Thursday, September 16, 2004

Is Bill Burkett Suffering from Paranoid Schizophrenia?

I'm not a doctor, but..... Read this column written by Burkett, Bush's suspected accuser. It reads to me like the rantings of a paranoid schizophrenic. Why would I, a mere lawyer, presume to make such a diagnosis? First and foremost because I grew up with a schizophrenic grandmother. ( i. e. my grandmother was diagnosed and treated for schizophrenia). Like many schizophrenics she occasionally believed that people were sending broadcasts to her through fillings in her teeth. She also ranted on from time to time about William Randolph Hearst, a man who, to my knowledge, she never met or knew other than in the newspapers.

My point in bringing up my grandmother is that I am personally familiar with the fact that schizophrenics believe bizarre things to be true which are certainly not true. Remember the opening sequences of "A Beautiful Mind" and the whole imagined life he lead that was not real? That is how life is for schizophrenics. Persons who suffer from this mental illness can seem perfectly reasonable and logical until they suffer what is called a schizophrenic break-- i. e. they go stand on the street corner and start ranting or do some other strange and odd behavior. The piece below referenced looks to me like Exhibit a in proof that Burkett is suffering from schizophrenia. While it is highly unusual for someone to first display symptoms late in life, it is possible that he did indeed suffer from some sort of illness that precipitated it. I haven't investigated it. I do know that my grandmother first displayed symptoms when she was in her late thirties.

More later.

What do you say?: "In January of 1998 and what seems like a full lifetime ago, I was stricken by a deadly case of meningoencephalitis. I was returning from a short duty trip to Panama as a team chief to inspect the hand over of Ft. Clayton to the Panamanians. I had been 'loaned' from the senior staff and state planning officer of the Texas National Guard to the Department of the Army for a series of these special projects after angering George W. Bush by refusing to falsify readiness information and reports; confronting a fraudulent funding scheme which kept 'ghost' soldiers on the books for additional funding, and refusing to alter official personnel records [of George W. Bush].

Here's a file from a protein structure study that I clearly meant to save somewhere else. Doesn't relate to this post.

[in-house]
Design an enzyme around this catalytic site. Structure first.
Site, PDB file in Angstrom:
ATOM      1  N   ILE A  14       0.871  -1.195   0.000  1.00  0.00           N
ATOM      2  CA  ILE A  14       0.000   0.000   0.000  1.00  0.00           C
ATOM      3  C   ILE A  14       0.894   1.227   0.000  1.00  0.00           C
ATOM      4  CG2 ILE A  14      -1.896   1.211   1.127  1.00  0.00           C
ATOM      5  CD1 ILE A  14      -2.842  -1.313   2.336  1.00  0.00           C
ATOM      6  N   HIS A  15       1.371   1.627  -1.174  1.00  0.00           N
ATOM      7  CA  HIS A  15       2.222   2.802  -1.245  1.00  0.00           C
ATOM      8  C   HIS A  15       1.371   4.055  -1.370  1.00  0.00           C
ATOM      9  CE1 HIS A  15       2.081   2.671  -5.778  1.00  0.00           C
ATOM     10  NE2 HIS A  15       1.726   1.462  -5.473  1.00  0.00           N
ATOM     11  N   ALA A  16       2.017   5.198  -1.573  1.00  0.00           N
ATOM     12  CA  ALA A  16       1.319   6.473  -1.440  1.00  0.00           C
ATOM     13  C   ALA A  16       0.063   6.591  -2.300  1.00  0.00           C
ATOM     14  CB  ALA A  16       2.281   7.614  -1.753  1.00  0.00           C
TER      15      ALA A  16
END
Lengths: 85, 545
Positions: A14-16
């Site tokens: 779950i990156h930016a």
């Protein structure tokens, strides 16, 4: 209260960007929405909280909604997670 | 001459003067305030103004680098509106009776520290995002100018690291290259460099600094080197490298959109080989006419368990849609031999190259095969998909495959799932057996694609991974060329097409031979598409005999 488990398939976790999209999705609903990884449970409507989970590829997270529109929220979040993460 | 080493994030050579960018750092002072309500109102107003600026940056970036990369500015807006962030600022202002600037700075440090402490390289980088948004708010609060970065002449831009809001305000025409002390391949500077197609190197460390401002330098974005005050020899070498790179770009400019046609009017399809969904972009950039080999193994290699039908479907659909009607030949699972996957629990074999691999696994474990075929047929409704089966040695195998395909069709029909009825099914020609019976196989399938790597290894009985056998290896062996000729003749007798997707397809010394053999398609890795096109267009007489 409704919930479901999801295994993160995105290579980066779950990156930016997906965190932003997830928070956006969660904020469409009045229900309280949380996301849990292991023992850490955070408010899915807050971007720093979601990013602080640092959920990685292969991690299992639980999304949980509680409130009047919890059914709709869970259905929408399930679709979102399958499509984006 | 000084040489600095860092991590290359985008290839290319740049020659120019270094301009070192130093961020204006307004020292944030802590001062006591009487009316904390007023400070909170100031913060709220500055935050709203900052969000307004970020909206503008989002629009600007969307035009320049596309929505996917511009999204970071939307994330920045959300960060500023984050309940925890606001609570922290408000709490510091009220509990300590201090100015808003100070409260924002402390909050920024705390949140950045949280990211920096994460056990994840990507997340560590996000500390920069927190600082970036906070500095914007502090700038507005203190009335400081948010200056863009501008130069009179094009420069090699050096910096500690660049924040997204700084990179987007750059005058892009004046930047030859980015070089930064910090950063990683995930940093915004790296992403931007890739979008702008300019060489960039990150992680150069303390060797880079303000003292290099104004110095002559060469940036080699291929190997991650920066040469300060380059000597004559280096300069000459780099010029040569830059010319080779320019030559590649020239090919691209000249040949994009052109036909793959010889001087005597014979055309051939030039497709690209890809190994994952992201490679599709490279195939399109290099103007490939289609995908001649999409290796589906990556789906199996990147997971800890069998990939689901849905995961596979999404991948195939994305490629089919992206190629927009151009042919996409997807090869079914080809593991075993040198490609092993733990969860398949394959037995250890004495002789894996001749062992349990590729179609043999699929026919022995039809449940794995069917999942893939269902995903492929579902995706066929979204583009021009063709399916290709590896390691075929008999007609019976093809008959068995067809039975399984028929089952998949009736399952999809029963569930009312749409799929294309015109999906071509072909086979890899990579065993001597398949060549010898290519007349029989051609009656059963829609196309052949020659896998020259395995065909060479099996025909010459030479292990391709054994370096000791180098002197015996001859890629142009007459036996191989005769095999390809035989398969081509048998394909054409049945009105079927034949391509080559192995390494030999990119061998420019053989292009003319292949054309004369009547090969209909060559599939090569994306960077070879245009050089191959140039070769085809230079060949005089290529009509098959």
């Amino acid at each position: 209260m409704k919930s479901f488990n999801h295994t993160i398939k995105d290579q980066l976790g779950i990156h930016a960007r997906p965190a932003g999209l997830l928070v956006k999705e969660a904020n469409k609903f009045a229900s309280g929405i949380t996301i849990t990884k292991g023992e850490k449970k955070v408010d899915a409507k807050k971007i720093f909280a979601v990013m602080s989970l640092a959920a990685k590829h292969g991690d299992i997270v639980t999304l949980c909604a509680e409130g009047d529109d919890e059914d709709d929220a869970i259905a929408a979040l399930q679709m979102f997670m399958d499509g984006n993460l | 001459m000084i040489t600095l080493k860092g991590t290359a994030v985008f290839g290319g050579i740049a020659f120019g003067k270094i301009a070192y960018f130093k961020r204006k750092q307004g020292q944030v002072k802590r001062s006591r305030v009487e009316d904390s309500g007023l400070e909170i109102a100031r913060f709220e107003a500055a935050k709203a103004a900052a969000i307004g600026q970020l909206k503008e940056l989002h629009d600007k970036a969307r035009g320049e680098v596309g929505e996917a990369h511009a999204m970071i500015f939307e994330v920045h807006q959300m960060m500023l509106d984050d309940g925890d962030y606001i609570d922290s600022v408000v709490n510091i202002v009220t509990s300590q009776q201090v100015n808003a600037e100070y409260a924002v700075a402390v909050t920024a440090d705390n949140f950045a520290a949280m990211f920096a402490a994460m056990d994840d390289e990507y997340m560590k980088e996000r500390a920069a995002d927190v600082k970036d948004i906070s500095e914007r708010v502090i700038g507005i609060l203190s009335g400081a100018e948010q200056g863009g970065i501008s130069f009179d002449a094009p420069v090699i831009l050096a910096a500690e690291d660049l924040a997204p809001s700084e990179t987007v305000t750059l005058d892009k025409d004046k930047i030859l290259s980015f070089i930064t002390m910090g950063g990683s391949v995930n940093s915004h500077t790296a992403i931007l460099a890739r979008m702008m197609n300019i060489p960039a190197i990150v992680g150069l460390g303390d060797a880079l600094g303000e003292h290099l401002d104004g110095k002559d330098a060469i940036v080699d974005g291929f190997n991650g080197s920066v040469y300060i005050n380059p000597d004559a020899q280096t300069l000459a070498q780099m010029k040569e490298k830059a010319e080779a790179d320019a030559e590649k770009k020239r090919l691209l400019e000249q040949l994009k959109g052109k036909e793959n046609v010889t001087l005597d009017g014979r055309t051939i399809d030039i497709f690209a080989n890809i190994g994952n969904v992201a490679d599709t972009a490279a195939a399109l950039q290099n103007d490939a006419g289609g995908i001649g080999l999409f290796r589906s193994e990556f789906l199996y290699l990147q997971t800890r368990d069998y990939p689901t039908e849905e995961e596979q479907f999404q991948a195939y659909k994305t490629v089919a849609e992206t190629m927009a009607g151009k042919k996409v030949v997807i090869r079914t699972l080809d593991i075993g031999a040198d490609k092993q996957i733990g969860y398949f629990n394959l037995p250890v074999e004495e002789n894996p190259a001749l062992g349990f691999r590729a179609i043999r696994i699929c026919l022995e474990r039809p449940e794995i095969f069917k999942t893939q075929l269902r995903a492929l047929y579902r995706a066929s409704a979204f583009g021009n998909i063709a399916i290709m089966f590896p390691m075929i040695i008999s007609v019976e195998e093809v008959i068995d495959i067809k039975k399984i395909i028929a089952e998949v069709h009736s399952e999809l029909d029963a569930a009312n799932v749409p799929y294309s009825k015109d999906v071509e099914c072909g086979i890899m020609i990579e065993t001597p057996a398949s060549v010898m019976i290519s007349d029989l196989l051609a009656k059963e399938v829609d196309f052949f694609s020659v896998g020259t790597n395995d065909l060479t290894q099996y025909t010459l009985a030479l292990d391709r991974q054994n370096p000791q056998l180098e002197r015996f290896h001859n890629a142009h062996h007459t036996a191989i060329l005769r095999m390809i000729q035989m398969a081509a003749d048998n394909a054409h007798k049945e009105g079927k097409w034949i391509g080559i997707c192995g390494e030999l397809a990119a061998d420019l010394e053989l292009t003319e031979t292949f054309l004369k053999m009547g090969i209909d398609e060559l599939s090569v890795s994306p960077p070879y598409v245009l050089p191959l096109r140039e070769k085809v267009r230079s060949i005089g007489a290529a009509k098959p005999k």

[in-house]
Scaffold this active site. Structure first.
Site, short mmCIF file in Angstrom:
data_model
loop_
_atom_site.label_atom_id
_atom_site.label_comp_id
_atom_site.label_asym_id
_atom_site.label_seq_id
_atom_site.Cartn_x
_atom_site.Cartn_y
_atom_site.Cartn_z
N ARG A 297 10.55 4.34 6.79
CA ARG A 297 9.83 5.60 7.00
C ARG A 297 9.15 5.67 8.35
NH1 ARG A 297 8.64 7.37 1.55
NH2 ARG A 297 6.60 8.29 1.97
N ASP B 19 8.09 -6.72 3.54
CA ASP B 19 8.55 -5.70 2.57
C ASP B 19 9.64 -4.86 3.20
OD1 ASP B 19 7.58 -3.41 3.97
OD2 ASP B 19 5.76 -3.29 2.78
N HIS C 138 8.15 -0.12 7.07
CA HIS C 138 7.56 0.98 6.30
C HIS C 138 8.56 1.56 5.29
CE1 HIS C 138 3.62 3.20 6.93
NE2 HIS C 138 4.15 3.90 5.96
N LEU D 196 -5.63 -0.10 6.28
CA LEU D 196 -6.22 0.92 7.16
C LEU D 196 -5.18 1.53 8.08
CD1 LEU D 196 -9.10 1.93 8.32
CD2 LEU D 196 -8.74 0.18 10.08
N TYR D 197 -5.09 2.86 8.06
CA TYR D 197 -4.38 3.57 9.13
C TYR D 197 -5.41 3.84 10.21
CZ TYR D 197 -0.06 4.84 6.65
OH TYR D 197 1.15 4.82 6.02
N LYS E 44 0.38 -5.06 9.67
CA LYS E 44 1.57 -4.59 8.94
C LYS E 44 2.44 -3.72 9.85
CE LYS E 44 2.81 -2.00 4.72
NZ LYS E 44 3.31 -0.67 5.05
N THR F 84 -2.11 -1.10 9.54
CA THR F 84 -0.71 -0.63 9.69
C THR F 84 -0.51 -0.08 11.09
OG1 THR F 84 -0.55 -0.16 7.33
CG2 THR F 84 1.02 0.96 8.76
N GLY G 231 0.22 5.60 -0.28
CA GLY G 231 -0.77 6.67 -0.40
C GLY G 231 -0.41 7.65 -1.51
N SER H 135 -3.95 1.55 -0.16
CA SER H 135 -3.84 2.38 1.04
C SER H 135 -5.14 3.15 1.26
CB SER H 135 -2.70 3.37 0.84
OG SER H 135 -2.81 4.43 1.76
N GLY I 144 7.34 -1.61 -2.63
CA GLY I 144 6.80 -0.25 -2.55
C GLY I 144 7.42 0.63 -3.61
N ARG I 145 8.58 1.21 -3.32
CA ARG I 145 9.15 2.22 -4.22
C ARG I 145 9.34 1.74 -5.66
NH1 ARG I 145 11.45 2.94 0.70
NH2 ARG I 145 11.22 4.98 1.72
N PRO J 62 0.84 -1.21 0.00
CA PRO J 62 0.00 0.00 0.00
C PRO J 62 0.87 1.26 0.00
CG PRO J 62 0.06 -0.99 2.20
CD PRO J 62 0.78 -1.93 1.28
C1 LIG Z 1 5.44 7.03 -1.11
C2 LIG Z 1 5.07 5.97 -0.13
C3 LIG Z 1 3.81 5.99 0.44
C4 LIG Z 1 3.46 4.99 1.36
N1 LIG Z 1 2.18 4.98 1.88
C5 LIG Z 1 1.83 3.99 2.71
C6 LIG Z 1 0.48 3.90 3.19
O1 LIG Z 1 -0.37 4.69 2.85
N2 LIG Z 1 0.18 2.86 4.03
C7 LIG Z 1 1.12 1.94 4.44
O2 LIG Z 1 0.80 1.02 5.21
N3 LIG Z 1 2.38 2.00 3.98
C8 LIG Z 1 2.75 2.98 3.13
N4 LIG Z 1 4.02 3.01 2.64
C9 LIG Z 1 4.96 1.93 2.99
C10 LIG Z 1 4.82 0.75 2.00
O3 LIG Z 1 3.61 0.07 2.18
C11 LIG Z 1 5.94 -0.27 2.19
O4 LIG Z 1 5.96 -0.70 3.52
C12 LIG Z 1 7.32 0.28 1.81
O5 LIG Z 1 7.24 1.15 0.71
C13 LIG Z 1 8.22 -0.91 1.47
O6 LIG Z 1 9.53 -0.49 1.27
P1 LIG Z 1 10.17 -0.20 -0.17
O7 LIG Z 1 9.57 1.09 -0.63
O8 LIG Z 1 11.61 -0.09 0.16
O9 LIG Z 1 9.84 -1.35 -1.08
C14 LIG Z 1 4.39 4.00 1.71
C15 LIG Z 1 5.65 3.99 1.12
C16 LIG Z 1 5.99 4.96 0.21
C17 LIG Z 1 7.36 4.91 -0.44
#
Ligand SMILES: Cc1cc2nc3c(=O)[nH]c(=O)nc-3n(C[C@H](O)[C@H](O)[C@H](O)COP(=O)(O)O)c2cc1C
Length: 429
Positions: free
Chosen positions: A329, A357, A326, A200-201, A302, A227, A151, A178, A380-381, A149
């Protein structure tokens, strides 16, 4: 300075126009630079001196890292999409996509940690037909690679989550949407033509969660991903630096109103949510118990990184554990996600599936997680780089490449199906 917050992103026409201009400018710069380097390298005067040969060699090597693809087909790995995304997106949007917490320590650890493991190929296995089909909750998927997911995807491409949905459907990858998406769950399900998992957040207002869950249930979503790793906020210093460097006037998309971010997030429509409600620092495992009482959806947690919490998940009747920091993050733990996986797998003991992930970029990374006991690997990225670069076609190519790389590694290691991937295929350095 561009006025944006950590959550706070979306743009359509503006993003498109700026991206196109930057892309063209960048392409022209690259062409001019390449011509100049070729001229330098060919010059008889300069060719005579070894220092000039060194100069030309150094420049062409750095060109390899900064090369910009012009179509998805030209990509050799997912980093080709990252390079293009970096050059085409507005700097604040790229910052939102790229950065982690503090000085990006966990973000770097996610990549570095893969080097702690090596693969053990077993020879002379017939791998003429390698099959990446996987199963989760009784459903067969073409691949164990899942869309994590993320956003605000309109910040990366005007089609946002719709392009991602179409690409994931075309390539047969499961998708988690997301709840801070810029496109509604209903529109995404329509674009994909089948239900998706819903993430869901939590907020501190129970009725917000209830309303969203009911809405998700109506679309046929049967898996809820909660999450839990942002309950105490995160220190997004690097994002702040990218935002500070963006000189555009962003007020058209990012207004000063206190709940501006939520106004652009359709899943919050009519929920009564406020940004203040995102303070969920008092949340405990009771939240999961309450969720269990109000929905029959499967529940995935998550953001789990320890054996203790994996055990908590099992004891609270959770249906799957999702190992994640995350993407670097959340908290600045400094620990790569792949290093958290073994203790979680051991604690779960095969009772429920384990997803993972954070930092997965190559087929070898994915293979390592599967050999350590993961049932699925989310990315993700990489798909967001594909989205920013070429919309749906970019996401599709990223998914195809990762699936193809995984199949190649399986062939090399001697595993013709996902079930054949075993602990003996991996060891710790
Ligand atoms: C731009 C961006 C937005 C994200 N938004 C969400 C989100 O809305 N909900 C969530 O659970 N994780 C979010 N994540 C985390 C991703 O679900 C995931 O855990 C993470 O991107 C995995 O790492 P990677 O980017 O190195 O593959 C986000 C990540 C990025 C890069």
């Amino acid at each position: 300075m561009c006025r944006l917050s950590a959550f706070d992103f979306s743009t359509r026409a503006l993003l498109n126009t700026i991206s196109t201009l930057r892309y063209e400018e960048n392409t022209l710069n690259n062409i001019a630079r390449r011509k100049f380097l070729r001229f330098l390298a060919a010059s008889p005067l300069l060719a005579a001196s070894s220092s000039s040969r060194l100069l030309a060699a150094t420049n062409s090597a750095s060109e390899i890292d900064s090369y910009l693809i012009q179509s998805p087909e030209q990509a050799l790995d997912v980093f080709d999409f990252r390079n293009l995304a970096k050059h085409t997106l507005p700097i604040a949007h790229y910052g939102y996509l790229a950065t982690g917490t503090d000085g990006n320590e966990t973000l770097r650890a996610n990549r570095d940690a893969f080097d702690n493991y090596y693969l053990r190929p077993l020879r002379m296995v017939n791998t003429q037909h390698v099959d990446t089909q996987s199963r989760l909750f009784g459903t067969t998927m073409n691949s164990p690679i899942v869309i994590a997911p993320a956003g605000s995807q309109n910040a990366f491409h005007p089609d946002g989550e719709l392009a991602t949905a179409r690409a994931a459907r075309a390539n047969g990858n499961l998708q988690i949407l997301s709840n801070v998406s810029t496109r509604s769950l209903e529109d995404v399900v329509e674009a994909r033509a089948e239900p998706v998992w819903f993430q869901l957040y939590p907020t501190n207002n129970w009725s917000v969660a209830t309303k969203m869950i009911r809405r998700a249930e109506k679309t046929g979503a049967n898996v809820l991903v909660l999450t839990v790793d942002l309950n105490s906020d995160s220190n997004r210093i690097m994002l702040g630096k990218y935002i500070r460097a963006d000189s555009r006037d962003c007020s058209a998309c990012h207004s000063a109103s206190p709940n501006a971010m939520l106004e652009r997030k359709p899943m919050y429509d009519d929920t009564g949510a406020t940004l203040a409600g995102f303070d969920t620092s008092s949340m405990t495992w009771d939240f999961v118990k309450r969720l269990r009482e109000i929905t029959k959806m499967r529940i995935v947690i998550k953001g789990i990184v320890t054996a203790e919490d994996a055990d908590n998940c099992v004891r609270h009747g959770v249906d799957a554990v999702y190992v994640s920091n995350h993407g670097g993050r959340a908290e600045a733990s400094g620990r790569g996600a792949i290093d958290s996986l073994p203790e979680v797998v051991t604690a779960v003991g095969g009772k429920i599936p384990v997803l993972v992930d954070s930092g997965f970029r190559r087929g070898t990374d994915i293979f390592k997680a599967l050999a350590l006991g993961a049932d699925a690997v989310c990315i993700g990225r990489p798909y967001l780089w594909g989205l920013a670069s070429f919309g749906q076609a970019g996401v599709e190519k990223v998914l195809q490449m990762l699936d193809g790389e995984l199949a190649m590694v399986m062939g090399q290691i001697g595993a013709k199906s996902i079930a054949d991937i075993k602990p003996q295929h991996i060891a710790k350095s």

George W. Bush and his lieutenants were mad. They ordered that I not be accessed to emergency medical care services, healthcare benefits I earned by my official duty; and I was withheld from medical care for 154 days before I was withdrawn from Texas responsibility by the Department of the Army, by order of the White House.

I was a pawn then caught in a struggle for right and wrong, but also caught within a political struggle between a man who would do anything to be 'king' of America and an institution of laws that we knew as America."

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